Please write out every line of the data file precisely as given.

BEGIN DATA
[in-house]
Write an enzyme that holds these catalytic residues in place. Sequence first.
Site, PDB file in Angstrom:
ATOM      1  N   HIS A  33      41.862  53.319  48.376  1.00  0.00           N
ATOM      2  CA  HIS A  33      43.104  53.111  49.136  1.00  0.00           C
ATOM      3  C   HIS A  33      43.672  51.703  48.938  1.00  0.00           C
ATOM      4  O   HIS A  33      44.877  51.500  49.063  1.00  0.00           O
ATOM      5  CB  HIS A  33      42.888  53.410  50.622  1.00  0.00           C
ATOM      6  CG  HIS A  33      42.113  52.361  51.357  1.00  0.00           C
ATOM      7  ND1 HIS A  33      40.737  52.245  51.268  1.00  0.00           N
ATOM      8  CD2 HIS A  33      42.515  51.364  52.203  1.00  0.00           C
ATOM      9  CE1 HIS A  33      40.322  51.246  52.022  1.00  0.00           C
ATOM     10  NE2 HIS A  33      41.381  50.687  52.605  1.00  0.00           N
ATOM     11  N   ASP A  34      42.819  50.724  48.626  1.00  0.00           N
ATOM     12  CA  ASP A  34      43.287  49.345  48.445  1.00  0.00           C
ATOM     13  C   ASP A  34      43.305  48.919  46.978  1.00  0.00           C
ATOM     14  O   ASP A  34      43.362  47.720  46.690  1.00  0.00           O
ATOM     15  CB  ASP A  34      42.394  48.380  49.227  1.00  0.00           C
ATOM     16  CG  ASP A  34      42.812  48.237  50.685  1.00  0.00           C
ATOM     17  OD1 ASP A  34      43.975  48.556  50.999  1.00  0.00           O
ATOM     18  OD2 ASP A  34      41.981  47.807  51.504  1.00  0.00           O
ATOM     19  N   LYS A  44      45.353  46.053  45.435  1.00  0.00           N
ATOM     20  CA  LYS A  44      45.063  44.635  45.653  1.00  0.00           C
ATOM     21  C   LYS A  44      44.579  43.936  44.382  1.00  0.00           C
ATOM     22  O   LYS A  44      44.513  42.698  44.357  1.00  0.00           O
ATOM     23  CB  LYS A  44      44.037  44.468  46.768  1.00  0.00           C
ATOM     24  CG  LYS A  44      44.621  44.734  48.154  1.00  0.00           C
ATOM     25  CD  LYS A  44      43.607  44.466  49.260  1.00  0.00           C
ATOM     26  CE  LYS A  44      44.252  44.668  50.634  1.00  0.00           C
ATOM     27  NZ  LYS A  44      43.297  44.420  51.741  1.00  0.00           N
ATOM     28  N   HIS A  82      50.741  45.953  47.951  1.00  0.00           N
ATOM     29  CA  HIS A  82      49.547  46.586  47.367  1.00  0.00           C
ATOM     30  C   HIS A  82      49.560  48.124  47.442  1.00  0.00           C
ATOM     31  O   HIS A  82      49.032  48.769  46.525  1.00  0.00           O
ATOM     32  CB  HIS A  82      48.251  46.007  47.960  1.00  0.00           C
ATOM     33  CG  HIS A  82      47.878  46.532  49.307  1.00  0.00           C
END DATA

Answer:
[in-house]
Write an enzyme that holds these catalytic residues in place. Sequence first.
Site, PDB file in Angstrom:
ATOM      1  N   HIS A  33      41.862  53.319  48.376  1.00  0.00           N
ATOM      2  CA  HIS A  33      43.104  53.111  49.136  1.00  0.00           C
ATOM      3  C   HIS A  33      43.672  51.703  48.938  1.00  0.00           C
ATOM      4  O   HIS A  33      44.877  51.500  49.063  1.00  0.00           O
ATOM      5  CB  HIS A  33      42.888  53.410  50.622  1.00  0.00           C
ATOM      6  CG  HIS A  33      42.113  52.361  51.357  1.00  0.00           C
ATOM      7  ND1 HIS A  33      40.737  52.245  51.268  1.00  0.00           N
ATOM      8  CD2 HIS A  33      42.515  51.364  52.203  1.00  0.00           C
ATOM      9  CE1 HIS A  33      40.322  51.246  52.022  1.00  0.00           C
ATOM     10  NE2 HIS A  33      41.381  50.687  52.605  1.00  0.00           N
ATOM     11  N   ASP A  34      42.819  50.724  48.626  1.00  0.00           N
ATOM     12  CA  ASP A  34      43.287  49.345  48.445  1.00  0.00           C
ATOM     13  C   ASP A  34      43.305  48.919  46.978  1.00  0.00           C
ATOM     14  O   ASP A  34      43.362  47.720  46.690  1.00  0.00           O
ATOM     15  CB  ASP A  34      42.394  48.380  49.227  1.00  0.00           C
ATOM     16  CG  ASP A  34      42.812  48.237  50.685  1.00  0.00           C
ATOM     17  OD1 ASP A  34      43.975  48.556  50.999  1.00  0.00           O
ATOM     18  OD2 ASP A  34      41.981  47.807  51.504  1.00  0.00           O
ATOM     19  N   LYS A  44      45.353  46.053  45.435  1.00  0.00           N
ATOM     20  CA  LYS A  44      45.063  44.635  45.653  1.00  0.00           C
ATOM     21  C   LYS A  44      44.579  43.936  44.382  1.00  0.00           C
ATOM     22  O   LYS A  44      44.513  42.698  44.357  1.00  0.00           O
ATOM     23  CB  LYS A  44      44.037  44.468  46.768  1.00  0.00           C
ATOM     24  CG  LYS A  44      44.621  44.734  48.154  1.00  0.00           C
ATOM     25  CD  LYS A  44      43.607  44.466  49.260  1.00  0.00           C
ATOM     26  CE  LYS A  44      44.252  44.668  50.634  1.00  0.00           C
ATOM     27  NZ  LYS A  44      43.297  44.420  51.741  1.00  0.00           N
ATOM     28  N   HIS A  82      50.741  45.953  47.951  1.00  0.00           N
ATOM     29  CA  HIS A  82      49.547  46.586  47.367  1.00  0.00           C
ATOM     30  C   HIS A  82      49.560  48.124  47.442  1.00  0.00           C
ATOM     31  O   HIS A  82      49.032  48.769  46.525  1.00  0.00           O
ATOM     32  CB  HIS A  82      48.251  46.007  47.960  1.00  0.00           C
ATOM     33  CG  HIS A  82      47.878  46.532  49.307  1.00  0.00           C